Subject: I have found a CD that I think you would enjoy
|Giuseppe Verdi, Bryan Balkwill, Evgeny Svetlanov|
Verdi: Otello (Sung in Russian)
Listen to Samples
Otello a la russe
postupano | Arlington VA | 11/23/2009
(4 out of 5 stars)
"If you've been losing sleep wondering how Verdi's "Otello" would sound performed in Russian, here's your chance to check it out. I've heard a fair amount of standard rep in Russian, and to my ears "Otello" is not as effective as, for example, "The Barber of Seville." Maybe it's the comedy/tragedy thing at work. However, if the language is not a problem I would imagine any Verdi fan would enjoy this recording on its own merits.
As you can judge by the cover billing, Ponto anticipates that the principal attraction here will be Vishnevskaya's Desdemona. Indeed, the program notes characterize the release of this 1969 Moscow Conservatory live performance in Russian as an 80th birthday tribute to the soprano and the included bonus tracks feature her in excerpts from Act 3 of a 1964 Covent Garden "Aida". The "Otello," however, has far more than the admirable Vishnevskaya going for it.
The young Atlantov's powerhouse singing as Otello features the right kind of voice for the title role, it is easy to see why he a few years later he was in demand everywhere for the part. To my ears, he sounds a bit like Ramon Vinay but less beefy. The Iago, Oleg Klyonov, is otherwise unknown to me but he delivers a worthy villain with plenty of voice--not as distinctive as Lisitsian, but a pleasure nonetheless. Vishnevskaya's Desdemona is not as Italianate as one can hear on her Preiser LV recital (a must-hear for her fans and an eye-opener for those who know her only in Russian repertoire); the basic timbre here leans more toward the hooded tone that introduced her to many Western ears in the premiere recording of Britten's "War Requiem" in 1963. She does some lovely things, especially in her Willow Song/Ave Maria in the last act, and it is interesting to hear the way the voice shifts when she switches briefly to the Latin of "Ave Maria." I don't think the part is necessarily a great fit for her; she sure doesn't sound like your wimpy blond stereotype. A further plus is the excellent Cassio by comprimario Alexei Maslennikov, who you may remember as the Simpleton in Karajan's studio "Boris".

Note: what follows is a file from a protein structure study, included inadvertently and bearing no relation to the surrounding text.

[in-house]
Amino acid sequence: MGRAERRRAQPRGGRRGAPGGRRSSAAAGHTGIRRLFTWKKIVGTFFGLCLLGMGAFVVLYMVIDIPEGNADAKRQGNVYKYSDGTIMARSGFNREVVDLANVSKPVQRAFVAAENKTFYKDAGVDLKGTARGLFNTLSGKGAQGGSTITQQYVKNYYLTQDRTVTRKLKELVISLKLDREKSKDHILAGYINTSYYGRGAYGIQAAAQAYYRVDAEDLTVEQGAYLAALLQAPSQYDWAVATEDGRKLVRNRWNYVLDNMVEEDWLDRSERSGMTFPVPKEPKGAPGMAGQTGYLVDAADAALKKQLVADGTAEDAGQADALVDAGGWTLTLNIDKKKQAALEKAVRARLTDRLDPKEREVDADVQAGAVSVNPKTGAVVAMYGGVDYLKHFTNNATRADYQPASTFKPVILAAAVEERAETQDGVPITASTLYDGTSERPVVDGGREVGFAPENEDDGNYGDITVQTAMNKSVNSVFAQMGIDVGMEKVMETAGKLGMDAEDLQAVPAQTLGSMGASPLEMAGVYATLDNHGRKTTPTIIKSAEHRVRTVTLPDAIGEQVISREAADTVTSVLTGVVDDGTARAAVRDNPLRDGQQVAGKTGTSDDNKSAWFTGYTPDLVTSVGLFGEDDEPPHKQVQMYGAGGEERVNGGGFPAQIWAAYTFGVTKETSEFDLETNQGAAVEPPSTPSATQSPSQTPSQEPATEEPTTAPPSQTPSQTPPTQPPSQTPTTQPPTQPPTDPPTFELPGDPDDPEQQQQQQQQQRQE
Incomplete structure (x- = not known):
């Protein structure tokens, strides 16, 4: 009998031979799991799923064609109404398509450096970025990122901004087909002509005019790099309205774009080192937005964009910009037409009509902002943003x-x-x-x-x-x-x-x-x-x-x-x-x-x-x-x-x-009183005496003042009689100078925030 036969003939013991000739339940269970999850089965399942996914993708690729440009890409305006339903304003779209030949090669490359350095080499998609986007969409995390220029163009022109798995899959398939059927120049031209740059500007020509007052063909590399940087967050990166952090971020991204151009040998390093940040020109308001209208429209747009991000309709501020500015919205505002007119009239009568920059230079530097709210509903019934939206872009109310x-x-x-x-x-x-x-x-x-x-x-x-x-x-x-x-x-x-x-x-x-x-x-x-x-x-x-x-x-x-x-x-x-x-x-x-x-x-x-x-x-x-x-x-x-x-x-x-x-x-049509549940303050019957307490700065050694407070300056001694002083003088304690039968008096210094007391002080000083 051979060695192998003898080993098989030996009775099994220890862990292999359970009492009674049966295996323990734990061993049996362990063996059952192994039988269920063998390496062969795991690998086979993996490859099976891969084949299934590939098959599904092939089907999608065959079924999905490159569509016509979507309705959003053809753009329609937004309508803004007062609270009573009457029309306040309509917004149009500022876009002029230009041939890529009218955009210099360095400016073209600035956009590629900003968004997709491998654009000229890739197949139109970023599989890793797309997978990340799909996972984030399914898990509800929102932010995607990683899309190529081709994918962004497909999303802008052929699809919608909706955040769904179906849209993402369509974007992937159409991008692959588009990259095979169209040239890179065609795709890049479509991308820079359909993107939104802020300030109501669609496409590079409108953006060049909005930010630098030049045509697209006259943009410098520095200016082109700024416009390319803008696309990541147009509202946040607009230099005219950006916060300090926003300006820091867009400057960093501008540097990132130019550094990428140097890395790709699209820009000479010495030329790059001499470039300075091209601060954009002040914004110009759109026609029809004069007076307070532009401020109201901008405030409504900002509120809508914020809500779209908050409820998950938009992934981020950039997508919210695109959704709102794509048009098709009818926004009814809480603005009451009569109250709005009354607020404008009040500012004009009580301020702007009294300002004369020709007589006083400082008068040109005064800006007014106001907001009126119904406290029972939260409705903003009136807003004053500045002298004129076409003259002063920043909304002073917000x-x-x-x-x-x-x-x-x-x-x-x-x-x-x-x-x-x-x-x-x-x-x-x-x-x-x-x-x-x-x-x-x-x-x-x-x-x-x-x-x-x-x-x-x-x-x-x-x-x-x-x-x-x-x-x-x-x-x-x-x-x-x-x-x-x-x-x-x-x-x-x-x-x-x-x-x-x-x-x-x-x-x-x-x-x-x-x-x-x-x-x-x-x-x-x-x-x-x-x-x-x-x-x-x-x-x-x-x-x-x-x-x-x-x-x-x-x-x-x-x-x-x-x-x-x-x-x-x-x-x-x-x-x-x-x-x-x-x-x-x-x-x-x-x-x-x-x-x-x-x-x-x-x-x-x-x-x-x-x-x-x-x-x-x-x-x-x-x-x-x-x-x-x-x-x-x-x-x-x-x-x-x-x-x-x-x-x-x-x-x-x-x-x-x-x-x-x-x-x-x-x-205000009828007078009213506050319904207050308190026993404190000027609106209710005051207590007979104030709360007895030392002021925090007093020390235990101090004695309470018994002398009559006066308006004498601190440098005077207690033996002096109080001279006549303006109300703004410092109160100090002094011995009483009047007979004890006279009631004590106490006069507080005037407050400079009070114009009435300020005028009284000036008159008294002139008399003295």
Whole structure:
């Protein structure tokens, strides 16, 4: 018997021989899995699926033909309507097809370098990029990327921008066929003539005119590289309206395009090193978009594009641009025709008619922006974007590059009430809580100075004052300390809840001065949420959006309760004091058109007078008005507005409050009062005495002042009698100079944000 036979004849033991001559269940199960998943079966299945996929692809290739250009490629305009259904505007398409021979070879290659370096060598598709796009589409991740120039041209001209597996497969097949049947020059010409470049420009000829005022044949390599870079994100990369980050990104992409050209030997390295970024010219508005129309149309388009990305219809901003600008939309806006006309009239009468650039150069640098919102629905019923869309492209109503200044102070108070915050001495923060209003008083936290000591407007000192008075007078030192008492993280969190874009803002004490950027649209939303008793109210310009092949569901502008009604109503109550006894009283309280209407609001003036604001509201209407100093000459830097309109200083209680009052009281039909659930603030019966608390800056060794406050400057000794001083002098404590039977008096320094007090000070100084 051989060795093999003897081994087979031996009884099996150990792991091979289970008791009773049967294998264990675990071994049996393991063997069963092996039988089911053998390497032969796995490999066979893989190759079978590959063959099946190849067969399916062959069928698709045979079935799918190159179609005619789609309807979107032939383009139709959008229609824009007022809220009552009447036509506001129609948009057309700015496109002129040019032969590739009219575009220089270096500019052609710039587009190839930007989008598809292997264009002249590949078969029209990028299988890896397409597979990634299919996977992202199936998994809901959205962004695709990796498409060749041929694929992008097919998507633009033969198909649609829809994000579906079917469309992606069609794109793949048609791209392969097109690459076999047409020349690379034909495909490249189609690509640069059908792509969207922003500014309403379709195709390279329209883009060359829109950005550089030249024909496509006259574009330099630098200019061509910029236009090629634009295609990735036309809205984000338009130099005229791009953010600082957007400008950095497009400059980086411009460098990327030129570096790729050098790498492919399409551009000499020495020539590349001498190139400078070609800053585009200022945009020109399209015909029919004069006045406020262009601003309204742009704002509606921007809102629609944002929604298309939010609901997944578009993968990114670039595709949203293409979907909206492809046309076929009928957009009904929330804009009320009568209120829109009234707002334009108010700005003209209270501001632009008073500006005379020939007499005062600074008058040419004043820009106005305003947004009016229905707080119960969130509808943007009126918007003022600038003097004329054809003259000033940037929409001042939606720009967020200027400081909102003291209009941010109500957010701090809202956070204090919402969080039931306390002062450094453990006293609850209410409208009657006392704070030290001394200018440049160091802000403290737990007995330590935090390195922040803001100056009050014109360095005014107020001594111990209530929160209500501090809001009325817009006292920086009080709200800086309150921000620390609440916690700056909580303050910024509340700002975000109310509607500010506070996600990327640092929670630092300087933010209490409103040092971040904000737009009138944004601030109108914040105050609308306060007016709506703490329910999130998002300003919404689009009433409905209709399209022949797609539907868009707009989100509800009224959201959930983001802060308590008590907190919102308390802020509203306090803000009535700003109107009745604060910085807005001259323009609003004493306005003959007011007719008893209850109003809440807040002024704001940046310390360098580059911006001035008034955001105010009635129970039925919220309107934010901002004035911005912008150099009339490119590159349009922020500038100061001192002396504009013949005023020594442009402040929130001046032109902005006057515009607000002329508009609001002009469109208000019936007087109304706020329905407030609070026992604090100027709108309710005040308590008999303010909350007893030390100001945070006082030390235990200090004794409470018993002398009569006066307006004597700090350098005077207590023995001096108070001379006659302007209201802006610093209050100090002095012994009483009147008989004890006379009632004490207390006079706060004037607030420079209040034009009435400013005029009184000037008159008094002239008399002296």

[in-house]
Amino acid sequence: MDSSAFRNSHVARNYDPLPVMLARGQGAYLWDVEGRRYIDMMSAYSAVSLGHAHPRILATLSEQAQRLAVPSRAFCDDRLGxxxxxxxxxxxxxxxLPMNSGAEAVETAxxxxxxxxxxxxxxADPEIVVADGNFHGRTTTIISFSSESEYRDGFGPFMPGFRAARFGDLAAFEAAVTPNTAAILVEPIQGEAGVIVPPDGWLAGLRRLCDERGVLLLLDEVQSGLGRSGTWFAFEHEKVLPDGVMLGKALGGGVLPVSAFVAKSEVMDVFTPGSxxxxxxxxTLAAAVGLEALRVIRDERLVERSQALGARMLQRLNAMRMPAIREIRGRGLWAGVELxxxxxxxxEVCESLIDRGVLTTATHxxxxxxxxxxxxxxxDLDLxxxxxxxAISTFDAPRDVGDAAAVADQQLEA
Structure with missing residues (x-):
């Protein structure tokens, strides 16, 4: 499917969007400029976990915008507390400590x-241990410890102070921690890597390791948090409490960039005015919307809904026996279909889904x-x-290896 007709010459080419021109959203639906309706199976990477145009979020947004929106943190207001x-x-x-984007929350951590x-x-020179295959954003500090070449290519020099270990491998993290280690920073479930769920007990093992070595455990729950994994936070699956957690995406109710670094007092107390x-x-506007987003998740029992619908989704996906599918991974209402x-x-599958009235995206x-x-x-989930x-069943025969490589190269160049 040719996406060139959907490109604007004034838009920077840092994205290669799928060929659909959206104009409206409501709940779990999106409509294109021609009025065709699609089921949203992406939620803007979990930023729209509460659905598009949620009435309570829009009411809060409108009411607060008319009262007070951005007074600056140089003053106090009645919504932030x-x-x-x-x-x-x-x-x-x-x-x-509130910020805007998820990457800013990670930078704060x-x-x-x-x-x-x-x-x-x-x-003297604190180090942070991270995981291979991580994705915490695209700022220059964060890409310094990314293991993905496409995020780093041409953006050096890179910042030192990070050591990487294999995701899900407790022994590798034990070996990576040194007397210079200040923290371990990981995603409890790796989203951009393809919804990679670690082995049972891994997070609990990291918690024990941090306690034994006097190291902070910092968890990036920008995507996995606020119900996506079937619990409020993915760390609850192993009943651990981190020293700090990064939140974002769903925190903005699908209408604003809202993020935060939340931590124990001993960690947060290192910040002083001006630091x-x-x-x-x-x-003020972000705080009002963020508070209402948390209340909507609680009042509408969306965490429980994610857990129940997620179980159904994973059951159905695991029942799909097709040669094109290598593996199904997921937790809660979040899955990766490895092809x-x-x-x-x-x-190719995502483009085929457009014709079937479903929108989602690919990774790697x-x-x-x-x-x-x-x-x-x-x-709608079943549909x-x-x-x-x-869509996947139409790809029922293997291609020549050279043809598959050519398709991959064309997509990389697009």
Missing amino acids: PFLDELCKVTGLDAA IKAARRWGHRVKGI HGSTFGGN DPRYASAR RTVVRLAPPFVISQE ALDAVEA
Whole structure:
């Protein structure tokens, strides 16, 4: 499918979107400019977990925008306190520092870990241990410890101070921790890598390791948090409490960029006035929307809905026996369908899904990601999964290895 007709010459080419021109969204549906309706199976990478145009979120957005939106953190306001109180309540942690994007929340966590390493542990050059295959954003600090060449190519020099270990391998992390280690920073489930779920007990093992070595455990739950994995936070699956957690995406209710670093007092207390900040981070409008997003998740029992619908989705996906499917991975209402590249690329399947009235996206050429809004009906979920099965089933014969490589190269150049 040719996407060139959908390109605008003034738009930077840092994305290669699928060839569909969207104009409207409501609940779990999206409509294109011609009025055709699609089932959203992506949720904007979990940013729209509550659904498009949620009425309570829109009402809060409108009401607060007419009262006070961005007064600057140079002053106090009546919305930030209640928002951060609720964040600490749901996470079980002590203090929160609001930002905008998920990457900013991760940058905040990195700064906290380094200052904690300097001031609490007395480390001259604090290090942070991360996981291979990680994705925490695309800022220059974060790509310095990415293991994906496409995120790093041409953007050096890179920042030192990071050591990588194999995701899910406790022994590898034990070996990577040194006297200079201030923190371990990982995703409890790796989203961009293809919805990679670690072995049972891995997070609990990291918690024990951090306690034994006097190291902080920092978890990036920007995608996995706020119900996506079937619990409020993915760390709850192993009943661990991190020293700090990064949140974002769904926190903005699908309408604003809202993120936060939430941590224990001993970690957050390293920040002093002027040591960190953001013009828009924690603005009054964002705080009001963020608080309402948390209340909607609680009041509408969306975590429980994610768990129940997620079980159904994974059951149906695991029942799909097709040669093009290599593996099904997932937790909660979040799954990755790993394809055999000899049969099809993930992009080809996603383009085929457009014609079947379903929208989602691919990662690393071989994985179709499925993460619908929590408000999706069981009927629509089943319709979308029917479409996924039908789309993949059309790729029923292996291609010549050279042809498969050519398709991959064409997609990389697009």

Svetlanov starts out somewhat underpowered but picks up steam by the end of Act 2 and does a particularly fine job with the final act. Some of the seams in the music show from time to time (a clunky "Fuoco di gioia" chorus, a sing-songy beginning to "Era la notte"), but we have to make allowances for live performance. It's not specified, but I'm guessing this was a concert broadcast or perhaps a radio broadcast; the audience is very well-behaved, with only a bit of coughing and applause held until the ends of acts. Sound is very decent mono, the included booklet features extensive tracking with headings in Italian but no libretto in Russian or Italian. There is also a detailed biographical note on Vishnevskaya's career.
The Covent Garden "Aida" bonus tracks give us about 19 minutes of Act 3, from the beginning through the Aida/Amonasro duet. The sound is frustratingly bad, lots of stage clunkings and what sounds like an onstage river gurgling loudly. What you can hear of Vishnevskaya and Peter Glossop's Amonasro is pretty good, but they sound like they're in the proverbial phone booth. If you want to hear a better representation of Vishnevskaya's Aida,check out Ponto's release of "Aida" (see my review).
Casual opera fans need to have a reference recording of "Otello" in the original language, but for Verdians interested in a different slant on the familiar, this one has a lot to offer. Not your number one choice but a very worthy supplemental recording.